A Month on Lockdown Due to Covid19 in an RV in Spain

by Karen

I keep trying to write this post but have been finding it hard to find the right words. 

As many of you are aware we are in Spain in our RV on lockdown due to Covid19. We made the decision to stay for many reasons. Not everyone will agree we made the right decision but for us, I still think it was the right thing to do. 

Deciding to Stay

A few days before Spain started shutting down we arrived at Camper Area 7 in El Campello near Alicante. The owner of the site shut the door to newcomers a couple of days before the official lockdown and felt that he was obliged to stay open as long as he could to ensure people already on the site had a safe harbour. 

When news spread that campsites around Spain were shutting we were slightly concerned that we would be sent packing.  Our concern was that with things changing almost hourly if we left the site for the UK, we might not find anywhere to overnight or be allowed to cross into France. So we decided to stay here until we were told to leave. We felt we were in a safe place, we had water, electric, a place to empty our tanks and were on a site with a fence and locked gate so nobody new can enter. 

What about our family and friends?

If we had travelled home we would not be able to see them or help them out. As recent arrivals from Europe, we would need to self-isolate, and as I am high risk I should not be going out anyway. Plus, as we are pretty much full-timers staying on campsites most of the year, campsites in the UK closing would pose a massive problem. When we are not in the RV we live with George’s parents, but they are elderly and we could not risk infecting them. Meaning we would have to sit in the driveway anyway and not go inside.

How its Been in Spain

After a week things got more serious and more of Spain was shut down. The police even turned up and shut the communal toilets, showers and washing up sinks. Though they did leave us access to the washing machines, freshwater and emptying point. We were told we could stay if we could cater for ourselves and followed local guidelines.  With things getting worse in the UK we were happy with that after all we at least could sit this out in nice weather. 

What we Can do

Here in Spain, we can leave the site/home to access medicine, petrol and natural gas, but only one person can go and is allowed in the vehicle unless you can sit a metre apart. We can go shopping once a week to the nearest supermarket, but again only one family member may go, gloves and hand sanitizer is supplied and you must stay 1-2metres apart. At first, some stores implemented a rule where you had to buy anything you touched, but that has been relaxed. One person can walk the dog up to 50 metres or until the dog has completed its business. We can also travel home to the UK, but we would need proof of onward travel to get past security checkpoints, borders etc.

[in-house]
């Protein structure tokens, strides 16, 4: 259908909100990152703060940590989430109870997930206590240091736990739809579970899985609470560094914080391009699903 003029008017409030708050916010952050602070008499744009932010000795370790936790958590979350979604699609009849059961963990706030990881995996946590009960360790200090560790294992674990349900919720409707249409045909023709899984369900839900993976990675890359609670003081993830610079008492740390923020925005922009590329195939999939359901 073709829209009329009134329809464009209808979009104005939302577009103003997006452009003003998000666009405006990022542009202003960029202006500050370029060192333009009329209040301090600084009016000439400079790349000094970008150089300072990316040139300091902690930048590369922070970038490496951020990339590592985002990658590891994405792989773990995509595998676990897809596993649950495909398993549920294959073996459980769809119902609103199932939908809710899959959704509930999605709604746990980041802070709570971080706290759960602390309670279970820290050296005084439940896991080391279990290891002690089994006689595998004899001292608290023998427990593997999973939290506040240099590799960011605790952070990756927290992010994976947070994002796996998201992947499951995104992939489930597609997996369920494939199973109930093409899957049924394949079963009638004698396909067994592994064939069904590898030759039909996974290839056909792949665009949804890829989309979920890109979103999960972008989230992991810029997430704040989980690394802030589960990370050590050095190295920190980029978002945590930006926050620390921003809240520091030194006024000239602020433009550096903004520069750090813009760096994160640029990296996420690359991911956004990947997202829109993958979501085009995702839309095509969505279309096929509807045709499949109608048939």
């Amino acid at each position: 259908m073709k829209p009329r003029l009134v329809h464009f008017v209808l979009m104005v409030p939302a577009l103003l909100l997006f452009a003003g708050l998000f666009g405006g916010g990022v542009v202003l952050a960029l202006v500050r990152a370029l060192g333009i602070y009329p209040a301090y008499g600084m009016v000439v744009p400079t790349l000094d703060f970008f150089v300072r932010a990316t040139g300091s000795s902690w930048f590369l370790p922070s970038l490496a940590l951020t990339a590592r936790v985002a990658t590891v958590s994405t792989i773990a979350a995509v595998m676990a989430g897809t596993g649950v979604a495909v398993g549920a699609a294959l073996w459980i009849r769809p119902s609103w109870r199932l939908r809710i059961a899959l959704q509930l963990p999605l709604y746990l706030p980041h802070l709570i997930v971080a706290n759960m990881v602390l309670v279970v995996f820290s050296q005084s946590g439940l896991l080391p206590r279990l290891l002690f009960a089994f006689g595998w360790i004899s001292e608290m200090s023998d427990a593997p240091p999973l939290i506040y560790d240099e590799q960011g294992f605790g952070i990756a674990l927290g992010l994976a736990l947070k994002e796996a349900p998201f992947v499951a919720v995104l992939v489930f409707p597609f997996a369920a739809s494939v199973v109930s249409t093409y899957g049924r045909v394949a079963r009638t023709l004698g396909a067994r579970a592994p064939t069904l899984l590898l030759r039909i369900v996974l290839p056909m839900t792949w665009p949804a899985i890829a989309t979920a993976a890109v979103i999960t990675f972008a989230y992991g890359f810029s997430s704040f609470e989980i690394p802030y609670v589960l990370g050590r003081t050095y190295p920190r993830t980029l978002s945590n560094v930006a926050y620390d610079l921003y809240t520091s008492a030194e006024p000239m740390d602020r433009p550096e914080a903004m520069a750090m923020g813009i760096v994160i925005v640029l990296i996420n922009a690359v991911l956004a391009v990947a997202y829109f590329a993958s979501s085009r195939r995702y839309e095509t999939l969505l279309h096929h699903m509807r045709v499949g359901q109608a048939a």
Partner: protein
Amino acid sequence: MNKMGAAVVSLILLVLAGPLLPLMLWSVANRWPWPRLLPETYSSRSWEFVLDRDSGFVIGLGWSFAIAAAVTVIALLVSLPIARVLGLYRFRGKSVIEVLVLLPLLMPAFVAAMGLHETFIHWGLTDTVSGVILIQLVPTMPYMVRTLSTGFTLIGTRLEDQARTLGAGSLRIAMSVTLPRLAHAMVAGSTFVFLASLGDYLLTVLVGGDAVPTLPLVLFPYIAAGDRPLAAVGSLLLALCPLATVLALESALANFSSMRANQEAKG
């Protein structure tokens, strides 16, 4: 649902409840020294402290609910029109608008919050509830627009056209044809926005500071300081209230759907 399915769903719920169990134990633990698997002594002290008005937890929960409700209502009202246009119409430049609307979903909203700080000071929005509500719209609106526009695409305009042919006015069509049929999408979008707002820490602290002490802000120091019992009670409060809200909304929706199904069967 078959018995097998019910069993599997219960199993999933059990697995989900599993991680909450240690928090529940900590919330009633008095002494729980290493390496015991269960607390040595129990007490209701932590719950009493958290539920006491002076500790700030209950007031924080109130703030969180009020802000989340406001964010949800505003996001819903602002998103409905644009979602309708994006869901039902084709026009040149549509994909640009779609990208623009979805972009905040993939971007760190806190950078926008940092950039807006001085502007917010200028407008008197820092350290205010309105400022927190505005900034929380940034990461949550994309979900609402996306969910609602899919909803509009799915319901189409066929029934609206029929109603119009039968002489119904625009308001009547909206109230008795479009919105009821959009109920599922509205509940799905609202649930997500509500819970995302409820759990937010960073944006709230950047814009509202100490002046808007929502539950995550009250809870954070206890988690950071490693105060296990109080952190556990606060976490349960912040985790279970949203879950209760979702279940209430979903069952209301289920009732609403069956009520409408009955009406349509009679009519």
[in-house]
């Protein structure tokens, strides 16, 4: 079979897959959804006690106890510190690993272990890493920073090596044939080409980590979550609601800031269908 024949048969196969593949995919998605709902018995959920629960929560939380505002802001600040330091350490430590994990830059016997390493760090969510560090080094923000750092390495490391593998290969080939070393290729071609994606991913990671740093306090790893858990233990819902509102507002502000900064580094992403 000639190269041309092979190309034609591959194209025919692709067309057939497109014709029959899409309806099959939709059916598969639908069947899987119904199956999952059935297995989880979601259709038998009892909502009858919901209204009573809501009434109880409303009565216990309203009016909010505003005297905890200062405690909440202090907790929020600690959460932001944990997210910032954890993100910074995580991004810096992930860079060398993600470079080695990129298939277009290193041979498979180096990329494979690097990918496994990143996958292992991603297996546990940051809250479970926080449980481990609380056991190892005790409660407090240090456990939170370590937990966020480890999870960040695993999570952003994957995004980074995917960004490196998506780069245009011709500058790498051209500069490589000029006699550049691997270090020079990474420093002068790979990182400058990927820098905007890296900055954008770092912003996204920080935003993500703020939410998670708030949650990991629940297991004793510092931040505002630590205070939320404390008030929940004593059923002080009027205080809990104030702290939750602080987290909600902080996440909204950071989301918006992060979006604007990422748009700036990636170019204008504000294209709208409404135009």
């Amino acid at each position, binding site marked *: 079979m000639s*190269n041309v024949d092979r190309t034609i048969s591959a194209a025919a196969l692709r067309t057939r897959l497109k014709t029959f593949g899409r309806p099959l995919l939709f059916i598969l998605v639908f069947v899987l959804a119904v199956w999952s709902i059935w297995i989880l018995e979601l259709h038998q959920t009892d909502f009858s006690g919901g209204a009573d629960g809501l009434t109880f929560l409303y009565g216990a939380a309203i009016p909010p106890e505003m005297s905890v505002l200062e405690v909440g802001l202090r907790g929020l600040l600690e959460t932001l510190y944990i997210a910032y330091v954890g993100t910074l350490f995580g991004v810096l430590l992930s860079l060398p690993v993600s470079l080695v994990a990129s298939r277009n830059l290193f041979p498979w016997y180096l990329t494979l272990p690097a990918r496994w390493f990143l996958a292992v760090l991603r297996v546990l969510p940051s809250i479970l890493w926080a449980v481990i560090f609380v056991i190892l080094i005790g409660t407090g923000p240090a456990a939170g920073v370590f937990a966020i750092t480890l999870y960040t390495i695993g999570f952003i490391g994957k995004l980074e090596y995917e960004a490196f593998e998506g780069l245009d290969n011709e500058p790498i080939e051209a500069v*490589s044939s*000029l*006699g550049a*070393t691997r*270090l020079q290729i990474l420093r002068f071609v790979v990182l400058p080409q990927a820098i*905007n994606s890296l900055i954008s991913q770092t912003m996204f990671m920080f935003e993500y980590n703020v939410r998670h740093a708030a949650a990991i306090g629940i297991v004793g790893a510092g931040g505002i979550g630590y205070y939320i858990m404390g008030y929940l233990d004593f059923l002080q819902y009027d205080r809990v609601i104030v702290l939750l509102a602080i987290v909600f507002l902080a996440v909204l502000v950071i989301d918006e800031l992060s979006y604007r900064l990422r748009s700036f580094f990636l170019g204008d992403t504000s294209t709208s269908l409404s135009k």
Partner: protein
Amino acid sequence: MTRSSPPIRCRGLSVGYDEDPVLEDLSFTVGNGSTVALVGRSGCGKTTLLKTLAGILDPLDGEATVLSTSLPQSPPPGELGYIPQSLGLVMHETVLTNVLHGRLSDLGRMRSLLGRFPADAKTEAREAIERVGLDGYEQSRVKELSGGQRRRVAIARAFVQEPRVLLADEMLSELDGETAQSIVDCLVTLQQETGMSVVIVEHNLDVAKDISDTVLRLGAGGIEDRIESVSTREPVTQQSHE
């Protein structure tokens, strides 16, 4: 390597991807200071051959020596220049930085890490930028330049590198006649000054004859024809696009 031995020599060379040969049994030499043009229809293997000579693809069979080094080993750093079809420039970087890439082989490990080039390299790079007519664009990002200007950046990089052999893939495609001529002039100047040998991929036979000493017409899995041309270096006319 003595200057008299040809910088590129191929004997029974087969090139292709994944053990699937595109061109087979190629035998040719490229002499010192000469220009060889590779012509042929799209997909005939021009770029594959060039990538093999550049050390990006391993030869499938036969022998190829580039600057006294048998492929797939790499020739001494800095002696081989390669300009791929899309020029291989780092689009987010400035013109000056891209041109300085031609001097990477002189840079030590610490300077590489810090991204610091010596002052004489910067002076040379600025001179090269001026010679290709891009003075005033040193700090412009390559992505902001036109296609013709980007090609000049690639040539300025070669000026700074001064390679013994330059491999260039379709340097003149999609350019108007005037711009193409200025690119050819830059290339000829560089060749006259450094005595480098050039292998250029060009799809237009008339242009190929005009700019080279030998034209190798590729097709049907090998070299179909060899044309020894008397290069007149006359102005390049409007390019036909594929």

For all of these activities, we must carry our passport and proof of where we are staying/living. If you go out for none of the above reasons and your journey is deemed non-essential you will be fined at least €600.

Shopping and supplies

Thankfully shopping here has been easy, there has not been crazy panic buying. Yes, getting hand sanitizer, flour and sweets have been slightly harder to get. But everything else has been in good supply and after a couple of weeks, even the harder to find things have become easier to get.

Nightly Cheering

We always know when it is 8 pm, every night everyone in the local area is out clapping and making noise in appreciation of medical staff, key workers and police. On occasions, the police and ambulances do a parade with sirens sounding and lights flashing and we all go out to clap and thank them for doing everything they can. It’s very emotional.

For us on the site, we go outside or sound our horns. For the people in the houses and apartments around us, they lean out of windows or use their balconies.

We’ve Been Fortunate

Like most people, it’s not been an easy month, but I think compared to a lot of people we are kind of lucky and really it’s been quite easy.


We already homeschool and have done for many years. So although it’s very, very hard not being able to go out like we normally do. We can’t learn hands-on, explore new exciting places or socialise. The fact that we know how to educate at home, have resources and know-how to get more resources makes it easier for us. Personally I think what we are currently all panic schooling, not homeschooling. But for us, we are just taking this opportunity to get ahead in all our structured learning. If anything this has made our days in lockdown easier as we have something we can focus on.  I have told Olivia if she cracks on and completes all her work while we are on lockdown, then when we are free from lockdown we can take time off for pure fun and exploration.